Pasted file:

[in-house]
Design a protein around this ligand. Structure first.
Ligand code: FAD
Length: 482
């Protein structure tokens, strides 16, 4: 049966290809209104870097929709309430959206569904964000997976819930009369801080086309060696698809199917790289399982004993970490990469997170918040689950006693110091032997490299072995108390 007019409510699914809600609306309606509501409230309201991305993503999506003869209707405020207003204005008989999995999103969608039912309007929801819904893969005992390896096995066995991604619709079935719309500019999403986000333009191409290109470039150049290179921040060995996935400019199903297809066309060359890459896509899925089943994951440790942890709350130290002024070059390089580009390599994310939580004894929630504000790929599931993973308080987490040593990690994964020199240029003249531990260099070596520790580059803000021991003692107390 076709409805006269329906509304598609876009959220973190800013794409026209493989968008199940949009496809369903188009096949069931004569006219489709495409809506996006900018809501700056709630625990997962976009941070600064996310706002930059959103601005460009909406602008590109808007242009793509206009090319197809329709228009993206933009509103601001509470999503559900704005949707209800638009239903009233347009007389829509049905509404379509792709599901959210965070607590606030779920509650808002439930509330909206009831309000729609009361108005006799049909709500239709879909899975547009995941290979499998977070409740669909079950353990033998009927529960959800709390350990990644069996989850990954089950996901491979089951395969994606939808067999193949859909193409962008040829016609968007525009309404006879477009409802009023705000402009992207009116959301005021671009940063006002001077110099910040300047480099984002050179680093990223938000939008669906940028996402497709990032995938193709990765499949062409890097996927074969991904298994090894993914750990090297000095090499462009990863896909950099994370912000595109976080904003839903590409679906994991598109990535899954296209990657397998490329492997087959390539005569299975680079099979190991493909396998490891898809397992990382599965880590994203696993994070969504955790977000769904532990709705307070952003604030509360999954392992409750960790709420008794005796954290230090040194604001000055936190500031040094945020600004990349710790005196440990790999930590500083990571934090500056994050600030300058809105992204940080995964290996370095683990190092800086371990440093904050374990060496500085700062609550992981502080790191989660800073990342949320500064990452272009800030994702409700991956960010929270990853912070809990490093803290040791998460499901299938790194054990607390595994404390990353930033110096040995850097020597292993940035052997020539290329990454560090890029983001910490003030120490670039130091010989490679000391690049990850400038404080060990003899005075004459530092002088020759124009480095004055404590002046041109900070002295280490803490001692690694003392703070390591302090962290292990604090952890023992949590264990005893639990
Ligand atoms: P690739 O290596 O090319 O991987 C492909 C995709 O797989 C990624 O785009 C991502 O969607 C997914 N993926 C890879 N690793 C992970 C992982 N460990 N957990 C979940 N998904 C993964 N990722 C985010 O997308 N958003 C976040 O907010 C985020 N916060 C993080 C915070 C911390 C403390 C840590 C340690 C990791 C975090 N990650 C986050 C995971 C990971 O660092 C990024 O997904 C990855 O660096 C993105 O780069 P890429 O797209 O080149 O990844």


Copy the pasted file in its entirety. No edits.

[in-house]
Design a protein around this ligand. Structure first.
Ligand code: FAD
Length: 482
């Protein structure tokens, strides 16, 4: 049966290809209104870097929709309430959206569904964000997976819930009369801080086309060696698809199917790289399982004993970490990469997170918040689950006693110091032997490299072995108390 007019409510699914809600609306309606509501409230309201991305993503999506003869209707405020207003204005008989999995999103969608039912309007929801819904893969005992390896096995066995991604619709079935719309500019999403986000333009191409290109470039150049290179921040060995996935400019199903297809066309060359890459896509899925089943994951440790942890709350130290002024070059390089580009390599994310939580004894929630504000790929599931993973308080987490040593990690994964020199240029003249531990260099070596520790580059803000021991003692107390 076709409805006269329906509304598609876009959220973190800013794409026209493989968008199940949009496809369903188009096949069931004569006219489709495409809506996006900018809501700056709630625990997962976009941070600064996310706002930059959103601005460009909406602008590109808007242009793509206009090319197809329709228009993206933009509103601001509470999503559900704005949707209800638009239903009233347009007389829509049905509404379509792709599901959210965070607590606030779920509650808002439930509330909206009831309000729609009361108005006799049909709500239709879909899975547009995941290979499998977070409740669909079950353990033998009927529960959800709390350990990644069996989850990954089950996901491979089951395969994606939808067999193949859909193409962008040829016609968007525009309404006879477009409802009023705000402009992207009116959301005021671009940063006002001077110099910040300047480099984002050179680093990223938000939008669906940028996402497709990032995938193709990765499949062409890097996927074969991904298994090894993914750990090297000095090499462009990863896909950099994370912000595109976080904003839903590409679906994991598109990535899954296209990657397998490329492997087959390539005569299975680079099979190991493909396998490891898809397992990382599965880590994203696993994070969504955790977000769904532990709705307070952003604030509360999954392992409750960790709420008794005796954290230090040194604001000055936190500031040094945020600004990349710790005196440990790999930590500083990571934090500056994050600030300058809105992204940080995964290996370095683990190092800086371990440093904050374990060496500085700062609550992981502080790191989660800073990342949320500064990452272009800030994702409700991956960010929270990853912070809990490093803290040791998460499901299938790194054990607390595994404390990353930033110096040995850097020597292993940035052997020539290329990454560090890029983001910490003030120490670039130091010989490679000391690049990850400038404080060990003899005075004459530092002088020759124009480095004055404590002046041109900070002295280490803490001692690694003392703070390591302090962290292990604090952890023992949590264990005893639990
Ligand atoms: P690739 O290596 O090319 O991987 C492909 C995709 O797989 C990624 O785009 C991502 O969607 C997914 N993926 C890879 N690793 C992970 C992982 N460990 N957990 C979940 N998904 C993964 N990722 C985010 O997308 N958003 C976040 O907010 C985020 N916060 C993080 C915070 C911390 C403390 C840590 C340690 C990791 C975090 N990650 C986050 C995971 C990971 O660092 C990024 O997904 C990855 O660096 C993105 O780069 P890429 O797209 O080149 O990844």